Postcard: Harrington Apartments

When I was little, we went to Ocean City for a week’s vacation every August. We’d set off super early in the morning, before it was light out, with plenty of stops along the way to check out ponds that my dad had planned on fishing at during the week. Sometimes my aunt and uncle... Continue Reading →

Oysters: ‘A Maryland Favorite’

I had the pleasure of accompanying my daughter on a field trip to Rose Hill Manor in Frederick last week. My husband and I each had fuzzy memories of being served mint tea and some sort of  cracker when we had visited Gov. Thomas Johnson's retirement home during our own elementary school field trip days... Continue Reading →

The Dangers of Crocheting

A October 1895 issue of the Catoctin Clarion described an awful-sounding accident, making us realize that even the most mundane hobbies can have painful consequences: “Miss Rose Coleman ran a crocheting needle into the index finger of her left hand. Dr. Kefauver was called, forced it through her finger and cut the barb off, then... Continue Reading →

Anticipation for a New Year

In 1865, January 1 fell on a Sunday, as it will for us in a few short days. The following day, The Baltimore Sun reported on the holiday, its evolving traditions and the anticipation of a better year than the one that had just passed. The sentiment below seems as relevant today as it was... Continue Reading →

Maryland Thanksgivings

It’s hard to believe that it is once again time to give thanks for what we have in our lives. Read on to see how Marylanders celebrated Thanksgiving in years past: Printed on Thanksgiving eve 1847 in The Baltimore Sun: “To-morrow is the general Thanksgiving, and as some of the perquisites of the day, a... Continue Reading →

Time to Fall Back

Early this morning, Maryland and most of the nation turned its clocks back one hour as daylight saving time ended. The act of switching from standard time to daylight saving time was formally introduced in 1918, according to the National Institute of Standards and Technology (NIST) website. But some areas in the country — and... Continue Reading →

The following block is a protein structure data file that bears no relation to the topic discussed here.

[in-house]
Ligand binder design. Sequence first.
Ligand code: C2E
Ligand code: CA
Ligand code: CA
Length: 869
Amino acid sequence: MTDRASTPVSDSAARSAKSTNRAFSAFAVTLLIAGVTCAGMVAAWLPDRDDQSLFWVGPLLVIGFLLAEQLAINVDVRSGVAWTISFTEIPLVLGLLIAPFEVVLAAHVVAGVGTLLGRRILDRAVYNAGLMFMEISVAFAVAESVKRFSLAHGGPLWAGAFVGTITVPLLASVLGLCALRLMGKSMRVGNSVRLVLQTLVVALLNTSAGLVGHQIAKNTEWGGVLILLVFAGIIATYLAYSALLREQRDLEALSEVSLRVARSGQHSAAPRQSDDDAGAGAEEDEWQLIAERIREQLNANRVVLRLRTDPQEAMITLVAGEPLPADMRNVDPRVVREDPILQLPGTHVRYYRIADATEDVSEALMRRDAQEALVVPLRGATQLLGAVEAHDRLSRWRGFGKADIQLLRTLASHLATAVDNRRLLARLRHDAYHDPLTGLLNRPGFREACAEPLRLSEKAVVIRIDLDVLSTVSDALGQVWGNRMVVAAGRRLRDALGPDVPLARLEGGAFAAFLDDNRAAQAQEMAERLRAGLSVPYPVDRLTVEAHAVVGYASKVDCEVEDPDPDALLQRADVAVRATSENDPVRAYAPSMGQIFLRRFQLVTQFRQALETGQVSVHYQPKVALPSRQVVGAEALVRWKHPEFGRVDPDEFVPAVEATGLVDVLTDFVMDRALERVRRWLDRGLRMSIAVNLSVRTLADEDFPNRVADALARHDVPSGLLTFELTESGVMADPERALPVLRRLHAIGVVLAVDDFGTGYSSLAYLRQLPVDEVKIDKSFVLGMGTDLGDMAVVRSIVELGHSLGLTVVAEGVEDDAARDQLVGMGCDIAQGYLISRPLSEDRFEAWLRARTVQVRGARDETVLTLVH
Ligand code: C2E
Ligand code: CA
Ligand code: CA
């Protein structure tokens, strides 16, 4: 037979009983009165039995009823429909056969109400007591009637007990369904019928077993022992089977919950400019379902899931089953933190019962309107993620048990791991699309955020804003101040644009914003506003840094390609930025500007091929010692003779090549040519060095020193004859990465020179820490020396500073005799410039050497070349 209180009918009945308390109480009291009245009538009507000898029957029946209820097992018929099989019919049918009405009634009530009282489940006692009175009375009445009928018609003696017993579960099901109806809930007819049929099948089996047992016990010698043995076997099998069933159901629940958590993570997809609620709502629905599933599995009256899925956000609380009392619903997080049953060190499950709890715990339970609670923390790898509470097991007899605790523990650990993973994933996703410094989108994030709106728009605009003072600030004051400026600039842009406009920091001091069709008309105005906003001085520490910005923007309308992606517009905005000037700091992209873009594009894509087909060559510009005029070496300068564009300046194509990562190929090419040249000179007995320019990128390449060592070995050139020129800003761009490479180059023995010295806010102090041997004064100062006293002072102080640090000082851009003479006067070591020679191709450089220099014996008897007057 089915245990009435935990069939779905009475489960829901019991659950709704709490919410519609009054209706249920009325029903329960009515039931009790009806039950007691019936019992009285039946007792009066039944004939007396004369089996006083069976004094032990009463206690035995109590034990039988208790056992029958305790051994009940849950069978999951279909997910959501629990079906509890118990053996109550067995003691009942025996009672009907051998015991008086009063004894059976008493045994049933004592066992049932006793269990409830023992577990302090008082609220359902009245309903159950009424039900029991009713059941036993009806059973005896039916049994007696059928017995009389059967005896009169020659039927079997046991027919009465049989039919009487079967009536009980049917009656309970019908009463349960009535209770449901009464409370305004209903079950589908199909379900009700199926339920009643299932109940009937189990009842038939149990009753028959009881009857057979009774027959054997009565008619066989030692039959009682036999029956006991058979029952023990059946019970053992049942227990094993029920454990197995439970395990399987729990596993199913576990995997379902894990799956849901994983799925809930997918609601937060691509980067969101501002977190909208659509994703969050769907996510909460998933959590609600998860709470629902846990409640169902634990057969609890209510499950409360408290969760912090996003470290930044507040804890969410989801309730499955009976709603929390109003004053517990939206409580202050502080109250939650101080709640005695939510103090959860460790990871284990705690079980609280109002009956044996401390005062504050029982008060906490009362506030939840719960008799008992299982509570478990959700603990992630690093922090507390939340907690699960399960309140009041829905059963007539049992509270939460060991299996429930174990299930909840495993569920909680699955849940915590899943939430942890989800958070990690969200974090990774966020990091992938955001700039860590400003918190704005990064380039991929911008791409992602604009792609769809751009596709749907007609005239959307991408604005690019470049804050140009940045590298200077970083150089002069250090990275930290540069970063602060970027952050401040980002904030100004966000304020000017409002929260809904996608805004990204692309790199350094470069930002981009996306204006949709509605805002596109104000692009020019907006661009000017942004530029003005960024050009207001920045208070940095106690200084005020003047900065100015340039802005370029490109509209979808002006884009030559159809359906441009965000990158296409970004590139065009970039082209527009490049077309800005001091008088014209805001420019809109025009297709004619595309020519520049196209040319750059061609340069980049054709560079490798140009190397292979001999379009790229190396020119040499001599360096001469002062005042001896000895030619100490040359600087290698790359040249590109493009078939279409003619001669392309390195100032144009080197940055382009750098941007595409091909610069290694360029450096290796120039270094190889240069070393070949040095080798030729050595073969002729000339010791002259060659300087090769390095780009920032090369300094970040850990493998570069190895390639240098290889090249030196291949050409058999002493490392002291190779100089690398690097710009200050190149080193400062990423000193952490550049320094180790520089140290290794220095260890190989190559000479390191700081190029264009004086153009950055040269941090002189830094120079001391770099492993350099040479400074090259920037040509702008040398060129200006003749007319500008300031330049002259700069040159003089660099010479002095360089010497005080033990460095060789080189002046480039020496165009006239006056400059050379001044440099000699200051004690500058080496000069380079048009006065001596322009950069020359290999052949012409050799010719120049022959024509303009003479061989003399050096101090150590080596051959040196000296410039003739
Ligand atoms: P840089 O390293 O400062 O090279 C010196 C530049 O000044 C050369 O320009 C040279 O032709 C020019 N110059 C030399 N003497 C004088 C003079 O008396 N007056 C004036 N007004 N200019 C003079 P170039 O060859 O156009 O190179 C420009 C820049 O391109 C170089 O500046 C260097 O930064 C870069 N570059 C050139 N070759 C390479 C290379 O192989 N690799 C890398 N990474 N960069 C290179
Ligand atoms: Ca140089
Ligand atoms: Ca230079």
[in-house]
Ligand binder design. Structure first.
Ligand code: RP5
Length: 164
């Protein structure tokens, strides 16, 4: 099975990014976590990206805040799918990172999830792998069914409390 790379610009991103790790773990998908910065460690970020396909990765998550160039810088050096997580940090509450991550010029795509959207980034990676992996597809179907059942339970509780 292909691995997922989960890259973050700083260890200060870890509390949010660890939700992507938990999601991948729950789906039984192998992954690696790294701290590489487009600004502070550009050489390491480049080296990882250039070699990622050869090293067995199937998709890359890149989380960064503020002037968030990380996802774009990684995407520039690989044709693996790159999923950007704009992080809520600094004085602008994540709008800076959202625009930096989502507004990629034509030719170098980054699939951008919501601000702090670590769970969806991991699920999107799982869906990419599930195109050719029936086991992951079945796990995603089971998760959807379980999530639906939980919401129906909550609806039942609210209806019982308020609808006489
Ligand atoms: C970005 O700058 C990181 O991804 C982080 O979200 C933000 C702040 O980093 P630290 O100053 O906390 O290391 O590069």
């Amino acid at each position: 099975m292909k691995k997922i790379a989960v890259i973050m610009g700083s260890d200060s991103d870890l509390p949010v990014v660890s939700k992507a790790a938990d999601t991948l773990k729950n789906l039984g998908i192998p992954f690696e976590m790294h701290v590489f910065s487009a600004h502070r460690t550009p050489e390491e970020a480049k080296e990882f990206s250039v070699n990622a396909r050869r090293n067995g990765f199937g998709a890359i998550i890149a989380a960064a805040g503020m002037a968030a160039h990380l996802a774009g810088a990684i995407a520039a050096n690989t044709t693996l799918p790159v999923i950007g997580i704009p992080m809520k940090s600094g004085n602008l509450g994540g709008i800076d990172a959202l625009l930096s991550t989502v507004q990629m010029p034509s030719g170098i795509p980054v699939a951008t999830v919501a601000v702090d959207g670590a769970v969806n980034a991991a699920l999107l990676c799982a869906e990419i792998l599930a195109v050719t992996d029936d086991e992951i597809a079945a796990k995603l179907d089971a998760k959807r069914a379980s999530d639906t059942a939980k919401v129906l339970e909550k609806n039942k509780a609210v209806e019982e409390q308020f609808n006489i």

Lost Ads from the 1800s

The folks in the 1800s used the newspaper as one way to communicate about lost belongings, with notices looking for items ranging from lace veils to spectacles to animals. Check out a few below: A Happy Reunion Mrs. Flossy DeGrange lost her canary, “bright with top-knot on head and black tip on wings” and placed a... Continue Reading →

Flies: ‘More Dangerous than Rattlesnakes’

Today, we generally think of flies as more of a nuisance than a health hazard. But in the early 20th century, flies spreading typhoid, cholera, tuberculosis and other diseases was a true public safety concern. In 1912, government officials encouraged farmers to keep stables clean, use screens in doors and windows and fly-catching devices to protect... Continue Reading →

Summer Heat Remedies

Hot. Humid. Sticky. Miserable. If you’re like me, you’re not a fan of Maryland’s oppressive heat. Ads and information in local papers had remedies and recommendations for dealing with Maryland summers: The Heat Does All This? We're In Trouble The medicine advertised in the August 25, 1880 Herald and Torch Light (Hagerstown) claimed to cure a... Continue Reading →

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